Has American perception of government welfare programs changed since its inception?
I already read the thread concerning revamping the welfare system. I have several questions:
1. Is it more acceptable (in general not necessarily on a personal level) to be on welfare than it was when these programs started?
2. If so, would changing the perception of the people change how many people utilized the services for extended periods of time?
3. It seems some people do not realize they are using government services i.e. Medicaid, Section 8, food stamps. I do not know where they think the money is coming from; however, they genuinely seem surprised to find out these are forms of welfare. How can they be made aware? Or is it just a matter of changing the name?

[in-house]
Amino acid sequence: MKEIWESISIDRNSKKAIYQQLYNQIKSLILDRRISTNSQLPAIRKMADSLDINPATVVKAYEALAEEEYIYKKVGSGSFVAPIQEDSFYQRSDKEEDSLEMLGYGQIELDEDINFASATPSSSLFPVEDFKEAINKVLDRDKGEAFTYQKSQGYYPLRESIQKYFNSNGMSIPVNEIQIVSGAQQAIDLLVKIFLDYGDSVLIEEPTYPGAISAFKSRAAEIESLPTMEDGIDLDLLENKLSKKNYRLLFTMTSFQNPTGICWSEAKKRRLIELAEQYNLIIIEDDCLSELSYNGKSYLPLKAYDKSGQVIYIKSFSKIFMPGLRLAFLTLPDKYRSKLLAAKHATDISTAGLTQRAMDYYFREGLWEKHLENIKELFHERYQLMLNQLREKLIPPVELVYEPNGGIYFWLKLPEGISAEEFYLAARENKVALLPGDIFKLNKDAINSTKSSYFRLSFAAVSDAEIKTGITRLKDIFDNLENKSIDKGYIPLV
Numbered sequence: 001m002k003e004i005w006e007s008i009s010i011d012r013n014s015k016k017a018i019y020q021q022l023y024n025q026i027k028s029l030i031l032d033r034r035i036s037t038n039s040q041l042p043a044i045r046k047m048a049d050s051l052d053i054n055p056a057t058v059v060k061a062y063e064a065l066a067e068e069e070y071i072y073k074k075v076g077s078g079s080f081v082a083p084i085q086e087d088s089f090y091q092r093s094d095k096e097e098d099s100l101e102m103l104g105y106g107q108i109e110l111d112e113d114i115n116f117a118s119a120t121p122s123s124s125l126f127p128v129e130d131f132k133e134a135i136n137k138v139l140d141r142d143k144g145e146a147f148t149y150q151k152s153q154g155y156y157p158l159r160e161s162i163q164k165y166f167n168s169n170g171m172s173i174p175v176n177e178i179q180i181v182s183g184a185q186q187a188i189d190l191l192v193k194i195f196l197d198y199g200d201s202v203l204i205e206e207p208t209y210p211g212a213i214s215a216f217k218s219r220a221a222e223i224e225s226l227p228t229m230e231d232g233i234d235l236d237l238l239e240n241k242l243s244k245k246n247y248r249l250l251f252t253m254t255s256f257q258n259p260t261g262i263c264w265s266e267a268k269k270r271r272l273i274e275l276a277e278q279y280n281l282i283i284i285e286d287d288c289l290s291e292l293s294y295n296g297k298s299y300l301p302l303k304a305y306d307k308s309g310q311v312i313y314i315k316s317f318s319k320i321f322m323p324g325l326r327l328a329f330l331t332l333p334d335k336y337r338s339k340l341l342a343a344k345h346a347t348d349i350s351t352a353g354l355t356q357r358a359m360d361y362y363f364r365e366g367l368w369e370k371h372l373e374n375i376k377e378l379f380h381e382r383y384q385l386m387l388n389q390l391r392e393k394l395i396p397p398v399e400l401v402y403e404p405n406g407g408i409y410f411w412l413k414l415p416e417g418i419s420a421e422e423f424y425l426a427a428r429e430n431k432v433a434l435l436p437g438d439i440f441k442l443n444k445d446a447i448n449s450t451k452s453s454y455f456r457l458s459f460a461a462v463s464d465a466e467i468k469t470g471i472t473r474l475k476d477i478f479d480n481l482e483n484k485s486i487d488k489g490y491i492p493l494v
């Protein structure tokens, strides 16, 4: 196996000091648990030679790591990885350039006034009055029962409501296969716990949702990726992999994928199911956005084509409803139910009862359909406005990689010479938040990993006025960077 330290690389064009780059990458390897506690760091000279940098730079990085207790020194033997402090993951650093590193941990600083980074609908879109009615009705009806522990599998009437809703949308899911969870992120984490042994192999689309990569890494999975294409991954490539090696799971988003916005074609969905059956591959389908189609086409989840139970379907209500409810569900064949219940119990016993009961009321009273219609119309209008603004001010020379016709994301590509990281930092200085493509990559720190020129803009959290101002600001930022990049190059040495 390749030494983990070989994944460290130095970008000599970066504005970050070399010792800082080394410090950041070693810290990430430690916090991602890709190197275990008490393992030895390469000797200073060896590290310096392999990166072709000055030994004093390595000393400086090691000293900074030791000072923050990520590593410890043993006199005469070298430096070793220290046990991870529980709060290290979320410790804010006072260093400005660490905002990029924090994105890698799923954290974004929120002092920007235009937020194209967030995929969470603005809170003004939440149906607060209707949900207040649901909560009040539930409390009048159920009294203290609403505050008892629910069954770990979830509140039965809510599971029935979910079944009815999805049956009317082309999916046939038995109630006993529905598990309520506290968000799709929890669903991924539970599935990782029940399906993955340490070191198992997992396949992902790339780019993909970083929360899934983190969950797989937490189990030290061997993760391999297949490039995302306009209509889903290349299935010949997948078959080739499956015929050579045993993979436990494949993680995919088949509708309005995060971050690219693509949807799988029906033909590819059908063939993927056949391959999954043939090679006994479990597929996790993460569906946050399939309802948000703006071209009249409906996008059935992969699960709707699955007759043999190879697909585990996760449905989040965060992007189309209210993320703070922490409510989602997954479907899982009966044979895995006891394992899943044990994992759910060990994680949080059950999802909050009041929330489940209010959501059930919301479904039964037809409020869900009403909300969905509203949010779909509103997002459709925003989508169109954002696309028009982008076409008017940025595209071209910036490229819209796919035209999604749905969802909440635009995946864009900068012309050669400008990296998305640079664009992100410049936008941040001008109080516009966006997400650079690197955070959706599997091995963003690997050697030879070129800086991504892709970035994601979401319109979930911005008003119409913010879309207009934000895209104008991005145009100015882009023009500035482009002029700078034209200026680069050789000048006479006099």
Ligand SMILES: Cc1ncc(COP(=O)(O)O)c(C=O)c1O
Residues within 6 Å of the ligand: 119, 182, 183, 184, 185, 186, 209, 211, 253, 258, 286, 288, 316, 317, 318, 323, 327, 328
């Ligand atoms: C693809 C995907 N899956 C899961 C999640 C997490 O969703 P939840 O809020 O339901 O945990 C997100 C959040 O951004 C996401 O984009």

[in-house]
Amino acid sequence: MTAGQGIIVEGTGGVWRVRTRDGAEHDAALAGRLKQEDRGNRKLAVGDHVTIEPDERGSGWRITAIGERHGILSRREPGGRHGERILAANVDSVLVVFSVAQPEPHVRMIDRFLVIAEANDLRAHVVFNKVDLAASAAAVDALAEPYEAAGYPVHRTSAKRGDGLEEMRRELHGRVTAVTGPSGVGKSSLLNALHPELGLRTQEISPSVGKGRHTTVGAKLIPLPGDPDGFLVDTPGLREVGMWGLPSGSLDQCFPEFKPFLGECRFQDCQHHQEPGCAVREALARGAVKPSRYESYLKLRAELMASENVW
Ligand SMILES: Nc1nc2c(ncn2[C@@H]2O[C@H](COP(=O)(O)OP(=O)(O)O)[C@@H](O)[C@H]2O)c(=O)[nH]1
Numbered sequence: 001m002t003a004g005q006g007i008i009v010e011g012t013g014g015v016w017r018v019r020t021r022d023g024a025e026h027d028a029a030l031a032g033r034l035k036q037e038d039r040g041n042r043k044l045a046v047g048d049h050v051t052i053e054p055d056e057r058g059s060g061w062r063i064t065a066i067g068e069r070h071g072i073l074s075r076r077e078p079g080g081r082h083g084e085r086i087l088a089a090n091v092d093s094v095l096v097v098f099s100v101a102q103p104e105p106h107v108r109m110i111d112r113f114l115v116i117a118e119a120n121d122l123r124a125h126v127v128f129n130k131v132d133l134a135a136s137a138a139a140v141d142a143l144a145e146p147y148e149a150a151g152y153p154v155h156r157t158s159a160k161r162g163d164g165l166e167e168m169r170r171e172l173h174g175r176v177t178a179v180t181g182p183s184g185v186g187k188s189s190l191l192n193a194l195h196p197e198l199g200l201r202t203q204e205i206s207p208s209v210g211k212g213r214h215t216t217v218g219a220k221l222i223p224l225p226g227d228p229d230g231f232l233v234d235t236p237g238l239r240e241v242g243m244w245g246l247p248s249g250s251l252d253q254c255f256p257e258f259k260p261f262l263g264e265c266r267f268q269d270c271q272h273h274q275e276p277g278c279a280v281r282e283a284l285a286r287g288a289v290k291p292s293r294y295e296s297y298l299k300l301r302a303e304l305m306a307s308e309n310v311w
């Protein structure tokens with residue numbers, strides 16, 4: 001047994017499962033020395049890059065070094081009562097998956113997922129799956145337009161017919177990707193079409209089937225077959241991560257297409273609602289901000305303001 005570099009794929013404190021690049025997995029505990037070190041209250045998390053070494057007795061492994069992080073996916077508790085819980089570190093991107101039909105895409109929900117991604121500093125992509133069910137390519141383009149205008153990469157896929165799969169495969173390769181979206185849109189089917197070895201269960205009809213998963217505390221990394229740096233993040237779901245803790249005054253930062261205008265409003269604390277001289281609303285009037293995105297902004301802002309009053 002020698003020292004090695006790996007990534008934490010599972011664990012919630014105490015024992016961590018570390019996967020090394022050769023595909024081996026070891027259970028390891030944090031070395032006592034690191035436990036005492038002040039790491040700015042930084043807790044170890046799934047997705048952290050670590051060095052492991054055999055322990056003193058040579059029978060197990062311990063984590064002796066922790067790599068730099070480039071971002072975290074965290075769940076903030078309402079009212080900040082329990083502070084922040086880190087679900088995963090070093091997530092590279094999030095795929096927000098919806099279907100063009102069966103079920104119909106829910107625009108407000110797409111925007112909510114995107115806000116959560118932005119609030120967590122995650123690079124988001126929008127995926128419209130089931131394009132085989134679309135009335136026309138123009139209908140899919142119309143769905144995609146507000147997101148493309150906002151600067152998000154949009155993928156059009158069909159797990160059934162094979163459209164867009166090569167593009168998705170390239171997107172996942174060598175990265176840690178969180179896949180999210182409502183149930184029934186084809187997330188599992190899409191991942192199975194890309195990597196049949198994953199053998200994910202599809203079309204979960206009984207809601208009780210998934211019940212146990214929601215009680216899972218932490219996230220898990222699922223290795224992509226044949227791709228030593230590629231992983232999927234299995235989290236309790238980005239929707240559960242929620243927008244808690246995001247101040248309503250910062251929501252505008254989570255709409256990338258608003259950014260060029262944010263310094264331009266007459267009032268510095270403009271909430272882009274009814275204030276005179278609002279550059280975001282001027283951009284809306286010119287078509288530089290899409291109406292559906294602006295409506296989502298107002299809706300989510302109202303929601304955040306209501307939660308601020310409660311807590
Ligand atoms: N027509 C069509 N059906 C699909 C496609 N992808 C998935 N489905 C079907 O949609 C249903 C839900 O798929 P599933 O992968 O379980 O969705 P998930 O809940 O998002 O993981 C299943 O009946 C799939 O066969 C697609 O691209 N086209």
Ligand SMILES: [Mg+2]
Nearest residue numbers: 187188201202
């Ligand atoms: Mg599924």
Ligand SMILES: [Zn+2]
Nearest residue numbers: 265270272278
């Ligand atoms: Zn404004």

4. Would limiting the amount of time a person can receive welfare decrease its usage? (Sort of how unemployment is limited.)
I saw a show once where an older gentleman, probably in his sixties or seventies, had used welfare for a time. After he had a job, he paid back every cent he had received; he even had a receipt to prove it. (How cool is that?) It made me start wondering about how it is no longer viewed by many as charity but as a right.
This question is in the General Section. Responses must be helpful and on-topic.